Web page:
- Diseases, Disorders & Conditions
Clinical Features, Complications, Prognosis And Treatment Of Mitral Regurgitation
Reverse Flow In Regurgitation
Clinical Presentation Of Mitral Regurgitation
This depends on the severity of MR. Symptoms include palpitation, exertional dypsnea, weakness and fatigue. The only abnormality in mild cases is the presence of a pansystolic murmur over the cardiac apex. In moderate and severe cases, other features develop. The pulse of severe MR is described as pseudocollapsing with the pulse pressure above 40 mmHg and it is of short duration. Left ventricular enlargement is evidenced by the forcible apex beat which is shifted down and out. The characteristic murmur of MR is medium to high pitched pansystolic murmur heard best over the apex beat. In cases where the anterior mitral leaflet is damaged, the murmur is conducted to the axilla because the direction of the regurgitant stream from the left ventricule is towards the body of the left atrium. In cases with posterior leaflet involvement, the murmur is conducted to the anterior chest and to the right upper sterna border because the regurgitant stream is directed towards the inter-artrial septum. In moderate and severe cases, the murmur occupies the whole of systole and is moderately loud in intensity.
Such cases show evidence of left ventricular enlargement. A left ventricular third heart sound is common. A mid-diastolic murmur which is decrescendo in character may be heard over the apex beat following the third heart sound. The third heart sound and the diastolic murmur indicate increased flow across the mitral valve. In severe cases evidence of pulmonary arterial hypertension may be evident.
Electrocardiogram in mild case is normal. In moderate and severe cases, left ventricular hypertrophy and left atrial enlargement are seen. The ECG may also help in determining the etiology of MR.
Chest X-ray: Moderate and severe cases show left ventricular type of cardiac enlargement. The left atrium is also enlarged. Very large left atrium (giant left atrium) is met with in some of the severe cases. Evidence of pulmonary venous and arterial hypertension may be seen.
Echocardiography is helpful in the assessment of the etiology and severity of MR. Cardiac catheterization and left ventriculography are the methods of choice for the exact quantification and assessment of the hemodynamic abnormality.
These include congestive heart failure, atrial fibrillation and infective endocarditis. It should be remembered that MR is one of the best tolerated lesions and therefore, may remain asymptomatic for several years.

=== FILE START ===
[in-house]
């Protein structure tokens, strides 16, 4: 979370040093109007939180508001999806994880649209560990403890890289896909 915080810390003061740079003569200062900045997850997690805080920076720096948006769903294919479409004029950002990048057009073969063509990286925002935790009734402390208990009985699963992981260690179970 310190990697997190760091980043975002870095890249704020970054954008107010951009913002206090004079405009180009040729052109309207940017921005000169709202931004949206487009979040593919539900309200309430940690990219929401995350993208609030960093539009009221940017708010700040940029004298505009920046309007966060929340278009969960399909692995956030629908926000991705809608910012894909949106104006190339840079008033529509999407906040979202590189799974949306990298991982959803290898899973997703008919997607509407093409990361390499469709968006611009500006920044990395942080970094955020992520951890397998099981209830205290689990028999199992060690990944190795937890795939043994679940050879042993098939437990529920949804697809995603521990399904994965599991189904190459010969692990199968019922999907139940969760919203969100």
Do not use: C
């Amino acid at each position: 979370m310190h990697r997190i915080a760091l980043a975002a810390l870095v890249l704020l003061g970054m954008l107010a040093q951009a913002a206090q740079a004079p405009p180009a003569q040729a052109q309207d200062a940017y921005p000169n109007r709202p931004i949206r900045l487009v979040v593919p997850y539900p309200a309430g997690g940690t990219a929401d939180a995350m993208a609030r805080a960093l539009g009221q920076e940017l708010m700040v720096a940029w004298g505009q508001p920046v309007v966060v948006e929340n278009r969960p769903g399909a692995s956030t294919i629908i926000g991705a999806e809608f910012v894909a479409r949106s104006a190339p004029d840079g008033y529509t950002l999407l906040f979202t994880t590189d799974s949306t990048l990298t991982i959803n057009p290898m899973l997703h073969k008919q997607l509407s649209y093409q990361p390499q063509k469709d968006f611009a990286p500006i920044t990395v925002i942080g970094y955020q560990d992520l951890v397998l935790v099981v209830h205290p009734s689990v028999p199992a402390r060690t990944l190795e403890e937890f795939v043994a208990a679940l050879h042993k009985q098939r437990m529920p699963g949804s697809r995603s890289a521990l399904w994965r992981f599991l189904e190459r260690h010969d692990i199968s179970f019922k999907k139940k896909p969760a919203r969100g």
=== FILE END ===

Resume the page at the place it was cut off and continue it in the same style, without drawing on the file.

Course and prognosis
Mild MR may remain asymptomatic. Unless complicated by infective endocarditis, it may not progress further. Moderate and severe cases become symptomatic. Development of pulmonary hypertension is relatively slow in MR and the pulmonary pressure tends to be lower than that seen in mitral stenosis. In Africa where rheumatic heart disease is still rampant, severe grades of pulmonary arterial hypertension are seen in MR. Severe MR usually progresses and results in congestive heart failure. Atrial fibrillation may develop as a complication, but embolic episodes are rarer compared to mitral stenosis.
Acute severe MR is almost always a medical emergency and even with emergency treatment, the mortality is high.
The Mitral Valve In Details
Mitral regurgitation with symptoms of pulmonary veinous hypertension has to be treated with diuretics. Congestive heart failure has to be managed before submitting the patient to mitral valve surgery.
The ideal treatment for correcting the abnormality is mitral valve replacement. In moderate and severe cases, valve replacement has to be considered as an elective procedure after correcting the complications if any. In acute severe MR, which is not controlled by medical treatment, valve replacement should be considered as an emergency procedure to save life.
Combination of mitral stenosis and incompetence
In a large number of cases of rheumatic affection of the mitral valve, there is a combination of mitral stenosis and incompetence. Either may predominate. The clinical findings are modified depending upon the severity of each lesion.
© 2014 Funom Theophilus Makama